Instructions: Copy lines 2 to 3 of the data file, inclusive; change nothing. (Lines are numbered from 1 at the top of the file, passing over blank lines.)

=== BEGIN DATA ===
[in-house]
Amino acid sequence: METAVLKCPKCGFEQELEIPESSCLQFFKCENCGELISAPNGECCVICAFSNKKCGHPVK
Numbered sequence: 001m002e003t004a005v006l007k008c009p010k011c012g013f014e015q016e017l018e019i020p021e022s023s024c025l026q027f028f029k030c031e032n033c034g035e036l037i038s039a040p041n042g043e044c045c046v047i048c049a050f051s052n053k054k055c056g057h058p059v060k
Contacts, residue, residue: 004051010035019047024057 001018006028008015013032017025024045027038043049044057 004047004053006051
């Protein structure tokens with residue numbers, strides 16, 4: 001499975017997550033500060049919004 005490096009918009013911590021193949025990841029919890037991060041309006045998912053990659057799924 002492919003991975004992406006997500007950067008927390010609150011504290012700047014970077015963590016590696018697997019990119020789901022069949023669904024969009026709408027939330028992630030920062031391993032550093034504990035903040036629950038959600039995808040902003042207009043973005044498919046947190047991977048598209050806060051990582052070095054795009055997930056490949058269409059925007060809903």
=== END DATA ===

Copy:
Amino acid sequence: METAVLKCPKCGFEQELEIPESSCLQFFKCENCGELISAPNGECCVICAFSNKKCGHPVK
Numbered sequence: 001m002e003t004a005v006l007k008c009p010k011c012g013f014e015q016e017l018e019i020p021e022s023s024c025l026q027f028f029k030c031e032n033c034g035e036l037i038s039a040p041n042g043e044c045c046v047i048c049a050f051s052n053k054k055c056g057h058p059v060k